Houston now has its own mural recognizing the late singer-songwriter and visual artist Daniel Johnston, known for his "Hi, How Are You" greetings.
As part of the annual Hi, How Are You day, people everywhere on Wednesday remembered Johnston. The day — held each year on his birthday — celebrates Johnston’s life and ever-growing legacy. In Houston, Johnston’s family, friends and fans gathered at noon Wednesday for the official unveiling of a new mural which honors this essential Texas artist.
Titled “Love Found You In The End,” the mural was designed and created by preeminent Houston muralist Anat Ronen and fellow artist Jacob Calle. It’s located at Lo-Fo Vintage, 1629 Westheimer. Margie Johnston, Daniel’s sister, was on hand for the reveal and said the mural’s location is fitting.
“The name of this is Lo-Fi, that’s the name of the store, and he was like a pioneer of lo-fi (music),” she noted.
He was indeed. Johnston hardly needs an introduction to music fans, particularly those in this part of the world. Home-taped recordings of his gentle and poignant songs set a blueprint for D.I.Y. and alternative cultures to follow. Fans included everyone from Kurt Cobain to Lana Del Ray and all sorts in between. His “Hi, How Are You,” mural in Austin is one of the city’s cultural landmarks. Followers from across the globe trek to it for selfies and photos. The 2006 documentary, The Devil and Daniel Johnston, emphasized the artist’s struggles with mental illness. His openness on the subject created a dialogue for many others.
The crowd that gathered in Houston on a rainy afternoon to eat birthday cake and drink Mountain Dew – a Johnston favorite – knew the man and his impact and shared some thoughts.
Jeff Reese was Johnston’s caregiver for the last two years of his life. He’s a former mental health officer and met Johnston at an art show.
“The whole thing with ‘Hi, How Are You’ is he didn’t meet a stranger, he would talk to anybody,” Reese said. “With mental health issues, there’s a stigmatism involved. With Daniel there was no stigmatism to anything, you know? There were no filters on Daniel a lot of times, which is a good thing.”
Reese said that allowed Johnston to connect with a variety of people.
“Speaking for me, not for the family, not for Margie, but the love that Daniel had was just amazing. The fact that it would help somebody else to be able to recognize what’s going on with a person – a lot of times you can live next door to someone and not realize what’s going on with them. They could be suffering, they could be having a lot of problems. And to just go out and tell somebody, ‘Hi, how are you?’ breaks that wall down. Even though Dan’s not here anymore, his legacy lives on and he will live forever.”
Calle is so earnest a fan he once held a Daniel Johnston show at his home. He said the mural took about 10 hours to paint but he hopes it’ll be a long lasting tribute.
“My mom passed away in 2017, she was cremated, and I never really had a place to go to see my mom, a place to visit. Even though Dan is buried in Katy, people may not know that, but they can see this wall and it can be a place they can visit to pay respects and say hello to Dan.”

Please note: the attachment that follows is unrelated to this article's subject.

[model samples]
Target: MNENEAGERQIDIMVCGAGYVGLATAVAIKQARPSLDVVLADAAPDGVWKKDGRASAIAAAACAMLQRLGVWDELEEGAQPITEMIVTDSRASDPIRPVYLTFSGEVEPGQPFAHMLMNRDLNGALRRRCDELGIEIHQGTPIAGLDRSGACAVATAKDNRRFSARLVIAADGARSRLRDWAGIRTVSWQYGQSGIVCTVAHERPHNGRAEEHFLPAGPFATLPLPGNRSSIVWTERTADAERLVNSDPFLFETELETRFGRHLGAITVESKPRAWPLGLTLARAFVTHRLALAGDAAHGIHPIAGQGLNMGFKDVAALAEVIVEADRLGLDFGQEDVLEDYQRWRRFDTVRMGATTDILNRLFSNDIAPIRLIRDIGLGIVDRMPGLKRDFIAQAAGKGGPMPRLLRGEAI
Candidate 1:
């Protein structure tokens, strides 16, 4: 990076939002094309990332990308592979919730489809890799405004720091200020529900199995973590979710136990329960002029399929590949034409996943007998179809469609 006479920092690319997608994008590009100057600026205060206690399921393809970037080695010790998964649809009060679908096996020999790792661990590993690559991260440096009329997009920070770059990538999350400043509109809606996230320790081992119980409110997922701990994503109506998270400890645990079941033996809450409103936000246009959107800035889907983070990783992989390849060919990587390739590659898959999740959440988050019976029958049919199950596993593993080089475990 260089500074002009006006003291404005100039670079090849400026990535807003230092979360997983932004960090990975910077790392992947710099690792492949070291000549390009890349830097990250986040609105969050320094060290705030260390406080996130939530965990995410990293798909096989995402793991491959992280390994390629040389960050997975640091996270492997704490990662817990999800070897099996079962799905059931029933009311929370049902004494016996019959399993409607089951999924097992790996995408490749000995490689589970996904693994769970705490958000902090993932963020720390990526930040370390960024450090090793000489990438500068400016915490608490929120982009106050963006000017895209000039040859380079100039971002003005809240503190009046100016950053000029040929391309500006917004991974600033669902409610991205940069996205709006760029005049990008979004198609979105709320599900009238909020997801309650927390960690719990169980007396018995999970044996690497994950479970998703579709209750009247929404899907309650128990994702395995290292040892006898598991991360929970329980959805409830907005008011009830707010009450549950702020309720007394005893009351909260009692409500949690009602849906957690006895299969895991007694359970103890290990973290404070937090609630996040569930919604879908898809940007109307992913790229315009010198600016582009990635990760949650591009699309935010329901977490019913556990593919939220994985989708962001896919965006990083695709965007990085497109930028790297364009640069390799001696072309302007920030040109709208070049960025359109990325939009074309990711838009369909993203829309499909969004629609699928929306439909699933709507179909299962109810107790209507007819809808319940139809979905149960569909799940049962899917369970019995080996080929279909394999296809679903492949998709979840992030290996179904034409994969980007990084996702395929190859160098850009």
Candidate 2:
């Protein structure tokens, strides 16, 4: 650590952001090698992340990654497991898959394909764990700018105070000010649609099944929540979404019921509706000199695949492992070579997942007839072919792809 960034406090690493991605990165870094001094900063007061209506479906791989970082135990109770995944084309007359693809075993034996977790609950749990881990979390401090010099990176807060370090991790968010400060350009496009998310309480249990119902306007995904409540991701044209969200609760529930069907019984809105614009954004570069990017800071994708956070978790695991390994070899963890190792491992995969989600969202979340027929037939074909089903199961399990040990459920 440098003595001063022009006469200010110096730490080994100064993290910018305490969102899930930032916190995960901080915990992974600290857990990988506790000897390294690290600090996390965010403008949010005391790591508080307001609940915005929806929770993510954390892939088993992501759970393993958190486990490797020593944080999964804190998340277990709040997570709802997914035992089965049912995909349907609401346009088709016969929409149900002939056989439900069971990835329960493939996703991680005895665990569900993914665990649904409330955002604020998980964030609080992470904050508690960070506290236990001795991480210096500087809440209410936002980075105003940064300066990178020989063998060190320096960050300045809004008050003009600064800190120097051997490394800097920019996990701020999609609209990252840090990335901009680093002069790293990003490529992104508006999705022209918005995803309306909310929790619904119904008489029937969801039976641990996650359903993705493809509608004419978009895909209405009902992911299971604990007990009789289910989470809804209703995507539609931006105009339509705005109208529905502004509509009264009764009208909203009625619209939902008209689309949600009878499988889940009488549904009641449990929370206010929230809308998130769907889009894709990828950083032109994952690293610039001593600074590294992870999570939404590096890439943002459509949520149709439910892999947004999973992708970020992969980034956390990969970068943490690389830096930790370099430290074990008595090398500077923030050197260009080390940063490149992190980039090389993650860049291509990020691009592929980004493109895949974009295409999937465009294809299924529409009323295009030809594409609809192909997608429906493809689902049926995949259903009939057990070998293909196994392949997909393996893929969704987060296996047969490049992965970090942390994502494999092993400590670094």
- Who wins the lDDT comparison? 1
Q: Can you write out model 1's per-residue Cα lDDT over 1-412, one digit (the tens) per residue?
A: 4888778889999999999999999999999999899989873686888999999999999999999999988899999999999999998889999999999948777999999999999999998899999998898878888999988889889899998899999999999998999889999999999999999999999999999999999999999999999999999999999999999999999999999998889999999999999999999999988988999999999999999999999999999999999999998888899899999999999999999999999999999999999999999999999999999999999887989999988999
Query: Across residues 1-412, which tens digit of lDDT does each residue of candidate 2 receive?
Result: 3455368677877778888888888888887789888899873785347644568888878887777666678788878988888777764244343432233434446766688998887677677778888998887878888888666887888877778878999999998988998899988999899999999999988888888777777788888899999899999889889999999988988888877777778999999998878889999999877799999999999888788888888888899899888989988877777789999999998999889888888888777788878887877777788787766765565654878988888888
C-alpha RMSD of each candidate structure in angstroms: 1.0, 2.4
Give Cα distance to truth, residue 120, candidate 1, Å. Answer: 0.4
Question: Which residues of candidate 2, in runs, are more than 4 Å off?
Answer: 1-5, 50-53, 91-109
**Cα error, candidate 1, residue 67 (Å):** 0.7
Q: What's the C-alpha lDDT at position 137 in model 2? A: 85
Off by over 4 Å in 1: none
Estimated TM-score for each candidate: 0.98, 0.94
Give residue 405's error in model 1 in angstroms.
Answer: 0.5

In fact, the mural depicts Johnston in what seems to be a beckoning act, as if he’s literally hailing passersby over. It’s also a reminder that Johnston, whose formative years as an artist were spent in Austin, has Houston connections.
“I’ve been a fan of Daniel’s since the early ‘90s and in 2006 I worked with my old theater company to create a rock opera from Daniel’s songs and artwork, a mythology, and I’ve sort of been working on his story ever since, off and on,” said Jason Nodler. “Daniel has roots here, he moved down to Houston in 1983 to live with his brother, Dick, and then shortly after that moved out to San Marcos with Margie and from there wound up in Austin.”
Nodler is a founder of The Catastrophic Theater and his rock opera, Speeding Motorcycle, is one of the theater’s best-loved works. It had a recent smash run at MATCH. Nodler said Houston artists connect with Johnston’s aesthetic.
“Houston is big D.I.Y. town and sort of always has been. Daniel sort of invented that. Our theater is an emotional theater, it’s not an intellectual theater, it’s a theater of feelings and Daniel is the gold standard when it comes to emotional art.”
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Of the mural, Nodler said, “Hopefully, like with so many things to do with Daniel, someone will walk by and see it and be taken with it and they’re gonna dive deep.”
Margie Johnston said it’s been gratifying to see her brother’s genius hailed by people everywhere, but especially in Houston.
“I think there were several events that made people more aware of Dan, one of them was Speeding Motorcycle and then he had his 50th birthday party at Fitzgerald’s and that got a lot of attention. His documentary movie was at the River Oaks Theatre and a lot of people became aware of him that way, he attended the opening of it.
“He just continues to get fans wherever he goes,” she said, speaking in a present tense which suggests, rightly so, that Johnston lives on. “When I would take him to a thrift store, pretty soon every employee was a fan. He made friends everywhere. Fans will sprout up any place that Dan’s been.”